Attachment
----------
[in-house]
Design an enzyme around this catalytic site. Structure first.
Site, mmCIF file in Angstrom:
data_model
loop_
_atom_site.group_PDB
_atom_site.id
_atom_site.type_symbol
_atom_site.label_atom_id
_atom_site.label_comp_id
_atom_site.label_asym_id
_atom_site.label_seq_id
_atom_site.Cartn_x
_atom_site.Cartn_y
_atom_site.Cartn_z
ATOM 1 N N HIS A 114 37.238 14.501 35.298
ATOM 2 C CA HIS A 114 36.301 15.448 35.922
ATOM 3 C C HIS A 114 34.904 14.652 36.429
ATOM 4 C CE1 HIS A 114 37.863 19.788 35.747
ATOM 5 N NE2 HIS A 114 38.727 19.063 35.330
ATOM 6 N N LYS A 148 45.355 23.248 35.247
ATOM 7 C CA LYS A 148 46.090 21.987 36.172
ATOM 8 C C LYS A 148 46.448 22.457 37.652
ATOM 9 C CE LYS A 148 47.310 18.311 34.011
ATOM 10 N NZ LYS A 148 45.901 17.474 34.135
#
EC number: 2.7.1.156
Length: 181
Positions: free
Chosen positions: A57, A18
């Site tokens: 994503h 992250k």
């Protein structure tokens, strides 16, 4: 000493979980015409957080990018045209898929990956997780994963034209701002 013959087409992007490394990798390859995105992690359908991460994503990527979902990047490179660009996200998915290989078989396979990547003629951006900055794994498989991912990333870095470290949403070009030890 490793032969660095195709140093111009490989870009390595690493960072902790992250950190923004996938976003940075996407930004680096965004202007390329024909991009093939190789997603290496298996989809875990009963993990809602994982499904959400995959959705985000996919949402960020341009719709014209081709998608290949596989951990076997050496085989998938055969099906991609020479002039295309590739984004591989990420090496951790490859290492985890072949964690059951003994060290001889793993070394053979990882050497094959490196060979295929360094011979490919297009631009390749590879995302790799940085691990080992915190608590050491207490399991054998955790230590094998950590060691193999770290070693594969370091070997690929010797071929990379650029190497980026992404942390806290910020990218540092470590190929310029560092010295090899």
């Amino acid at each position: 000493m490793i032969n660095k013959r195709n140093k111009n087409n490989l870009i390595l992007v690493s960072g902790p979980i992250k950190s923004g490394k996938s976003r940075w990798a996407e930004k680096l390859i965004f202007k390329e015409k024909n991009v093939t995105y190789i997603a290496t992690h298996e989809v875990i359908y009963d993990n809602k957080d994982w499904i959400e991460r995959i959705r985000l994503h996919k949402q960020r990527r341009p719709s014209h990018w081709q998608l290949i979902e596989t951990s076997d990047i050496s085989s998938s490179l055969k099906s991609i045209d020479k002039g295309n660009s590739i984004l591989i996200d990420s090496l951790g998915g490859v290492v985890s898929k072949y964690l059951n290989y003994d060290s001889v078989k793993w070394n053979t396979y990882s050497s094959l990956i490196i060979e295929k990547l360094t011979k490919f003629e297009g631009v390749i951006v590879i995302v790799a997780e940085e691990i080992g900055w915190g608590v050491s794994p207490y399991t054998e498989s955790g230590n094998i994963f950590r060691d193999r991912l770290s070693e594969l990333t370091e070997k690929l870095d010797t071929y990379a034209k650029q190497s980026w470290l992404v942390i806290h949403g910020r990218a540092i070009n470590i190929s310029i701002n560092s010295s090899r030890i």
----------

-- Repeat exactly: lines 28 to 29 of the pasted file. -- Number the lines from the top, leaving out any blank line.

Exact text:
Length: 181
Positions: free